The results were rather surprising. Indies can be happy to hear that they're performing exceptionally well within the context of Spotify playlists, actually securing a larger overall share of playlist content than major labels did. Indies content made up 51% of the tracks in the playlists analysed (see graph in March 5 magazine). Majors secured a 46% share of those playlists, whilst the remaining 3% marketshare went to those hard-to-firmly-categorise major-distributed independents such as Dirty Hit and Glassnote.

We've been aware of increasing concern amongst independent labels that, as editorial playlists on Spotify become ever higher profile, 'organic' indie marketshare on the platform was becoming threatened by a growing tendency to programme major label content within these playlists. Our analysis doesn't however show any increasing stranglehold held by the majors over these playlists. Quite the opposite in fact – given that total indie marketshare is considerably smaller than that of the combined majors – a 51% share shows indies are performing exceptionally well when it comes to securing inclusion in these editorial playlists. 

Also notable was the fact that, of the playlists analysed, those dominated by independent artists tended to garner far more followers than those chock full of major acts. Ranked by sheer numbers of followers, the top four playlists all showed a decidedly indie-heavy lean. Fresh Dance Tracks ranked number one with nearly 1.1 million subscribers, and of its top 40 tracks, 63% were from independent labels. The slightly cringe-worthy titled Your Favourite Coffee House, with just over one million subscribers, saw 83% of its top ten tracks come from indie acts.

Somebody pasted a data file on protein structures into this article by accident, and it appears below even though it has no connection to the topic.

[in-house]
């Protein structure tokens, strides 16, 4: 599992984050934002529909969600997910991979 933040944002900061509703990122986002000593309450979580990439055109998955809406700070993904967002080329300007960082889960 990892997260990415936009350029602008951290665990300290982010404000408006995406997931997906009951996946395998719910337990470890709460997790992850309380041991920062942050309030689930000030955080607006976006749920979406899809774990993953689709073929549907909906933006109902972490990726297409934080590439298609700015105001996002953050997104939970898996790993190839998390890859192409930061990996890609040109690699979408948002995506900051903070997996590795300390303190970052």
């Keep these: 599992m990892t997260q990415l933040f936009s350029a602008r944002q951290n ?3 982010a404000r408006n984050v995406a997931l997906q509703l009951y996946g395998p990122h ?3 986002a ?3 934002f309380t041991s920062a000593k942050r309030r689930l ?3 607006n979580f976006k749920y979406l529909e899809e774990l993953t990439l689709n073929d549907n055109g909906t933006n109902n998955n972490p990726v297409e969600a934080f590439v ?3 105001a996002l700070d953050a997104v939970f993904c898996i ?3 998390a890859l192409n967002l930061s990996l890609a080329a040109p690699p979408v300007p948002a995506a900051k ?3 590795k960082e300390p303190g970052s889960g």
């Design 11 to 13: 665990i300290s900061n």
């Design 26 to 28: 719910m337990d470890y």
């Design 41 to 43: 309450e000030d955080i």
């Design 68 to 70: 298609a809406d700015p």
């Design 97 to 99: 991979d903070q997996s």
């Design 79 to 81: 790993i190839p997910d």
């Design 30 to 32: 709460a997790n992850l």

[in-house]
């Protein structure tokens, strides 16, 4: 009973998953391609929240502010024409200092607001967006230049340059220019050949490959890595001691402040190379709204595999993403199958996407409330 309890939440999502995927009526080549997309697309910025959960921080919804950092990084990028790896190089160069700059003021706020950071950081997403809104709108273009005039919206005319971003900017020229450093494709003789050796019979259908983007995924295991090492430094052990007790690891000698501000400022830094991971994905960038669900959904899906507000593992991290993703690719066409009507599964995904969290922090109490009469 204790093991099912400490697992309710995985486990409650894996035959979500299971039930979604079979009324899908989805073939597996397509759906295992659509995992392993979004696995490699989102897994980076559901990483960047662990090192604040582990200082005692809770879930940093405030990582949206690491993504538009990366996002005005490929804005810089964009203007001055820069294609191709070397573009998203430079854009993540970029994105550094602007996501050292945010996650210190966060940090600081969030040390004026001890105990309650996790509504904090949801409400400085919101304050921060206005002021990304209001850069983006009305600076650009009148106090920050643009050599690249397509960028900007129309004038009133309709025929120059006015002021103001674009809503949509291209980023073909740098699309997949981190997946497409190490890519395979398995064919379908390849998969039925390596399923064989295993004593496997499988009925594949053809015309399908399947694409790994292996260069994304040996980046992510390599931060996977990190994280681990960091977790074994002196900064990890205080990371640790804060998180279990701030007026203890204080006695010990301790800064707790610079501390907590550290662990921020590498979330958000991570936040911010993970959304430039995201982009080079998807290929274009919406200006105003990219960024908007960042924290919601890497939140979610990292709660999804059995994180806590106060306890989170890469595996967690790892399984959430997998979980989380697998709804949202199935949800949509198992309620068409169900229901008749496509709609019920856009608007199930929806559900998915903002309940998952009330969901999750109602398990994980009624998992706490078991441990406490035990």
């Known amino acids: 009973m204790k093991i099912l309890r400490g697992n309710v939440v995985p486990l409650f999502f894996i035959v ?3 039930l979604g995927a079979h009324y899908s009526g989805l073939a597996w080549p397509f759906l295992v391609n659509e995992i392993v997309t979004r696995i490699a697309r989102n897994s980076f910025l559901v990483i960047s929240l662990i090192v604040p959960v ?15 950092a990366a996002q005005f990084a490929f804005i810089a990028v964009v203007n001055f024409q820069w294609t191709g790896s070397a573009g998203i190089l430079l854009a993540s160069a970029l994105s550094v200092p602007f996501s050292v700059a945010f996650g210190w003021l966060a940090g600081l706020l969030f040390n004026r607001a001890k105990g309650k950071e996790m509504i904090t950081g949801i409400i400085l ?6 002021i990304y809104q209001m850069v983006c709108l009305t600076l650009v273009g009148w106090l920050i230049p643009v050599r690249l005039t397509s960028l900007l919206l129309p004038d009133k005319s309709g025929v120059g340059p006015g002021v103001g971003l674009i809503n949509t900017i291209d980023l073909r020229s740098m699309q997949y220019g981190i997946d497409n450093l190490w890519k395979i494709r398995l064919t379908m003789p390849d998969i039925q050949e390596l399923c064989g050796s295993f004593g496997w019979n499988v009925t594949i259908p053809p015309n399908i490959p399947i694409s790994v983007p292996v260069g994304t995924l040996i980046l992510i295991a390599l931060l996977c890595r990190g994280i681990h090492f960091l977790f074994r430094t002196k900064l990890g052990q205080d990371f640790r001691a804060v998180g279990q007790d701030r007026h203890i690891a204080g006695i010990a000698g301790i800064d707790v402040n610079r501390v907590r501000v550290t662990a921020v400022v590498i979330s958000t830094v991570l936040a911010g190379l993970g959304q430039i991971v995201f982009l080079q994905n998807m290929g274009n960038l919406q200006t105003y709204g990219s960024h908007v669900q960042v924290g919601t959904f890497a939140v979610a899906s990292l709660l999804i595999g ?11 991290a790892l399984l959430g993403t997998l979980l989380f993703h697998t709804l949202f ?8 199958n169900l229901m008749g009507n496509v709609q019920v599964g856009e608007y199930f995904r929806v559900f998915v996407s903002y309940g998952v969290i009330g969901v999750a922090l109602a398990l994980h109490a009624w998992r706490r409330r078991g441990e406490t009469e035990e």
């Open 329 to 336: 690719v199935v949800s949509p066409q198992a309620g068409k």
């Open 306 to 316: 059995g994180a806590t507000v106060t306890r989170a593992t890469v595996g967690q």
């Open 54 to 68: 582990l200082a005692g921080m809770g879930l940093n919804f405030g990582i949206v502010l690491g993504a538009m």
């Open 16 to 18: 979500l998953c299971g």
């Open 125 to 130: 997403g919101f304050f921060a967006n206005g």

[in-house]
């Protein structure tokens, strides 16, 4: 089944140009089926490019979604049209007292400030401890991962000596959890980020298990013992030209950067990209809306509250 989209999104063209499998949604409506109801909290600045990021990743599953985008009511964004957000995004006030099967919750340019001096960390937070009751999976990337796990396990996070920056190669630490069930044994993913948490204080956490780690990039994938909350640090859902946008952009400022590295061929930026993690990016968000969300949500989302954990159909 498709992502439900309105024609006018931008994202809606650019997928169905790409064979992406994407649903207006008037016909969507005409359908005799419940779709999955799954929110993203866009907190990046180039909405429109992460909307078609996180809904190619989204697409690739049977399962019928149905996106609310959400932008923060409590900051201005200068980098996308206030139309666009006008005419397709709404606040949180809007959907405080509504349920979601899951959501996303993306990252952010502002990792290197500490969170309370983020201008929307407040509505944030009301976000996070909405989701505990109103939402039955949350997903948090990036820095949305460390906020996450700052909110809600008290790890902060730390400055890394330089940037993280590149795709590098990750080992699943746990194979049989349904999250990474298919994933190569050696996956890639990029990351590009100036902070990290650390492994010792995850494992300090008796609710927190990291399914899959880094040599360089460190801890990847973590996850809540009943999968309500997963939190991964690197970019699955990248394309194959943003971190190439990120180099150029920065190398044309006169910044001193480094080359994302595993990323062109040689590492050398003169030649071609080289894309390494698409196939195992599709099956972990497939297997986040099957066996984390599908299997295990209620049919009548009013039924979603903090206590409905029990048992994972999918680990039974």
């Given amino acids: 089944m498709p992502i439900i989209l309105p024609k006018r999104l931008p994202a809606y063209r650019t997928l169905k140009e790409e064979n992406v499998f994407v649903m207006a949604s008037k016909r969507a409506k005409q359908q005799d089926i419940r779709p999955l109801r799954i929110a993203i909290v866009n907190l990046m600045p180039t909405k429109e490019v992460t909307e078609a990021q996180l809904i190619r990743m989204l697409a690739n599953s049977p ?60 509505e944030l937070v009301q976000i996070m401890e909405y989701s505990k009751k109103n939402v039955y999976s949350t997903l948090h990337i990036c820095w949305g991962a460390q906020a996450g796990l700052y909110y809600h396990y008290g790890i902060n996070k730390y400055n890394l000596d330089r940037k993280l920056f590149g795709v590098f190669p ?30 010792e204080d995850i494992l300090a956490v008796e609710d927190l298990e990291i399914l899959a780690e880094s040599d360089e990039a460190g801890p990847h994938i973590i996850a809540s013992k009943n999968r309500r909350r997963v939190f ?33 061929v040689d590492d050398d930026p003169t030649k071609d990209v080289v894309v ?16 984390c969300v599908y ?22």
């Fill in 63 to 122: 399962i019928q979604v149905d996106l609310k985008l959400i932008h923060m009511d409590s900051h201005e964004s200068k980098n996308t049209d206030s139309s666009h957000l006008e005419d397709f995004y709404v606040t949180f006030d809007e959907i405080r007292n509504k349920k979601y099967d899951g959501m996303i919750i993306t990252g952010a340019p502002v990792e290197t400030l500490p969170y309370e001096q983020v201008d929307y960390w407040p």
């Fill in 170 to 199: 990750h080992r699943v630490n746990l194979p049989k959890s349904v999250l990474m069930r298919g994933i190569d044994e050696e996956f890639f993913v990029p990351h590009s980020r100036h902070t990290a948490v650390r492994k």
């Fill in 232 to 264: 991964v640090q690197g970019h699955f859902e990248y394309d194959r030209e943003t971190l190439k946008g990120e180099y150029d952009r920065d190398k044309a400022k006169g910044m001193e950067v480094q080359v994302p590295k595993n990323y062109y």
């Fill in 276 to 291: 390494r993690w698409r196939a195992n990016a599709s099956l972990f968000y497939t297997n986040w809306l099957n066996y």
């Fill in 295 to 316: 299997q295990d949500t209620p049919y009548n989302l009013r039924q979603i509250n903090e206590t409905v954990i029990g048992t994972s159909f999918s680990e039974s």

In contrast, the most major-leaning playlist, Hot Hits UK, saw 93% of its top 40 tracks come from major label artists, but draws in just over 93,000 followers. Similarly, Mellow Pop Gold saw majors take a 63% share of the top twenty, but only musters a mere 42,000 subscribers. Compared to the likes of the 353,000 followers of Indie Mix, majors appear to be lagging behind in their follower count.

What do these findings tell us about the differences between user behaviour on Spotify and Radio 1? One should be wary of making direct comparisons – the media are inherently different. Spotify is a narrowcaster with a nigh-on infinite number of editorially chosen playlists, all accessible at any given time. Radio 1 is a broadcaster which has to programme to suit the needs of a massive audience all listening to one stream at one time. As such, Radio 1 is forced to be much more selective in its choices and can’t afford to take nearly as many so-called ‘risks’ on independent artists. Spotify on the other hand can effectively act as Radio 1, Radio 2, 6 Music and beyond all at once, with minimal danger posed to its wider business when it takes such risks.